The numbers of honey bees are currently in decline
Researchers are embarking on a three-year study into how food supplies affect honey bees and their resistance to disease.
Beekeepers have reported what they call "alarming" declines in the numbers of colonies that are surviving.
The research at the Rothamsted Institute in Hertfordshire is being co-funded by the government and the bio-tech company Syngenta.
It is hoped the research will devise new ways of keeping colonies healthy.
Experts say honey bee colonies are dying off in unprecedented numbers.
There have been a variety of explanations put forward, such as the increased use of pesticides, the spread of parasites that feed on the bees themselves, or the loss of farmland flowers as agriculture has intensified.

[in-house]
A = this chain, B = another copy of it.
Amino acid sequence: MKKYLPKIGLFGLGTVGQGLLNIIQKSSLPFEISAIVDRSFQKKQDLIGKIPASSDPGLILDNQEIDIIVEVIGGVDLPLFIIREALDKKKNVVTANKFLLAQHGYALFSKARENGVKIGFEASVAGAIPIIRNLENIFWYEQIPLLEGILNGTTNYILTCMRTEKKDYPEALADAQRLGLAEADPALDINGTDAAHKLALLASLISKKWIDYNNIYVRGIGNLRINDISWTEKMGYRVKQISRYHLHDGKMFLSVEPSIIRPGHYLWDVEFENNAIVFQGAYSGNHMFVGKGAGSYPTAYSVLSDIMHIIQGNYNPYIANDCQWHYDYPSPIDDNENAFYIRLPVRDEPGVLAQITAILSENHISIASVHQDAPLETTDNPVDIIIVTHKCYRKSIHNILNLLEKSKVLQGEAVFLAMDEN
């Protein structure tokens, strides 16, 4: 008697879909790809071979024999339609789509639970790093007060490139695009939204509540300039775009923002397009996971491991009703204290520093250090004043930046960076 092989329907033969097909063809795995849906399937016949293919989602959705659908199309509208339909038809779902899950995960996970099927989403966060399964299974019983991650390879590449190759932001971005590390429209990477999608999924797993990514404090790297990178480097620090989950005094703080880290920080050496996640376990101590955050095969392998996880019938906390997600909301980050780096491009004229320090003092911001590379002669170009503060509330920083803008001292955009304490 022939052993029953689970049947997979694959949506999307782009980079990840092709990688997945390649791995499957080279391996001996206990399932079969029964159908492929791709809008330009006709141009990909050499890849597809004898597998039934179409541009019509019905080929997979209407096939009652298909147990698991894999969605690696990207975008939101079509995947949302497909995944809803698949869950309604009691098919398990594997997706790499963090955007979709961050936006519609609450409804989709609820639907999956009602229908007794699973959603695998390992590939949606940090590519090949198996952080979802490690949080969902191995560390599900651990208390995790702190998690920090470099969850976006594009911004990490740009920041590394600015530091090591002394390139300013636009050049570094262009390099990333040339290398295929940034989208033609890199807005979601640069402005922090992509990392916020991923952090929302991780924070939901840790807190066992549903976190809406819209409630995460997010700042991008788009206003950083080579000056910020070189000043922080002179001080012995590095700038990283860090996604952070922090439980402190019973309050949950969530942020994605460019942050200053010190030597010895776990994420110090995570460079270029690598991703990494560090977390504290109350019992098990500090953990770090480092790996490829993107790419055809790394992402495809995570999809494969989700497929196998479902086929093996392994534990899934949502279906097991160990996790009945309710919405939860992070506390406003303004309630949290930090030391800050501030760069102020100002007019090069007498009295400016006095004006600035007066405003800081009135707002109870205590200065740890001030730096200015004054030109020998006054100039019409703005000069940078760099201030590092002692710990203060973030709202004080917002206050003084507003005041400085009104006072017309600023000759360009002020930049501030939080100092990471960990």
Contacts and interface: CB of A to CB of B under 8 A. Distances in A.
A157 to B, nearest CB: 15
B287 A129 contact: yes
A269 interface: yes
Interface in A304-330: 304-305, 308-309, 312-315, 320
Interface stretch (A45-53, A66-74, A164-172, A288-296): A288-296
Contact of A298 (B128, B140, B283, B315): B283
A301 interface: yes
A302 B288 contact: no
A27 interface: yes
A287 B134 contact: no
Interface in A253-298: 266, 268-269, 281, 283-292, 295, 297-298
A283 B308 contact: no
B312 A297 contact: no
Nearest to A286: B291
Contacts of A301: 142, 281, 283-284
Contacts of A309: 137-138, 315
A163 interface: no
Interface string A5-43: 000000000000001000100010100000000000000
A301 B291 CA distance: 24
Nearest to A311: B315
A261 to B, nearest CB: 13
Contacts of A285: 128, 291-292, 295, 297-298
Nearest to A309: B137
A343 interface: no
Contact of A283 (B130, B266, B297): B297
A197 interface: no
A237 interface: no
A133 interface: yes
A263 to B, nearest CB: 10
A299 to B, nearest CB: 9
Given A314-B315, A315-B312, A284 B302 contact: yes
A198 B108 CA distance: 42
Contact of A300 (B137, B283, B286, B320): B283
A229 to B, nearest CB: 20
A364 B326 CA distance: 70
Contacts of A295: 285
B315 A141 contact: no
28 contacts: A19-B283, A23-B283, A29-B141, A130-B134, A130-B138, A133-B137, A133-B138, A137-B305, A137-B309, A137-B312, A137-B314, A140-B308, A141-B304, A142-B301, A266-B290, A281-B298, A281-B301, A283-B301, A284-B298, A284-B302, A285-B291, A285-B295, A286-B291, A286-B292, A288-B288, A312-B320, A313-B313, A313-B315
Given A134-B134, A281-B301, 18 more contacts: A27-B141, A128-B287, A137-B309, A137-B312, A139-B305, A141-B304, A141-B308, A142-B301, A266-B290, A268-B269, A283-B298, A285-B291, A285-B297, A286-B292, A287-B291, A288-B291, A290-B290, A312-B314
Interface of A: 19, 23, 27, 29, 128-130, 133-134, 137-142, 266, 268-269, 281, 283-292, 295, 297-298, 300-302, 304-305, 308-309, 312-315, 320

For the first time researchers at Rothamsted will be looking at how nutrition is related to a hive's ability to resist disease.
The bees will be allowed limited foraging expeditions, and at the same time diseases in the hive will be monitored.
BBC environment correspondent, Sarah Mukherjee, says that the theory is, like human beings, the ability of bees to fight off infection is linked to the quality of the food they get.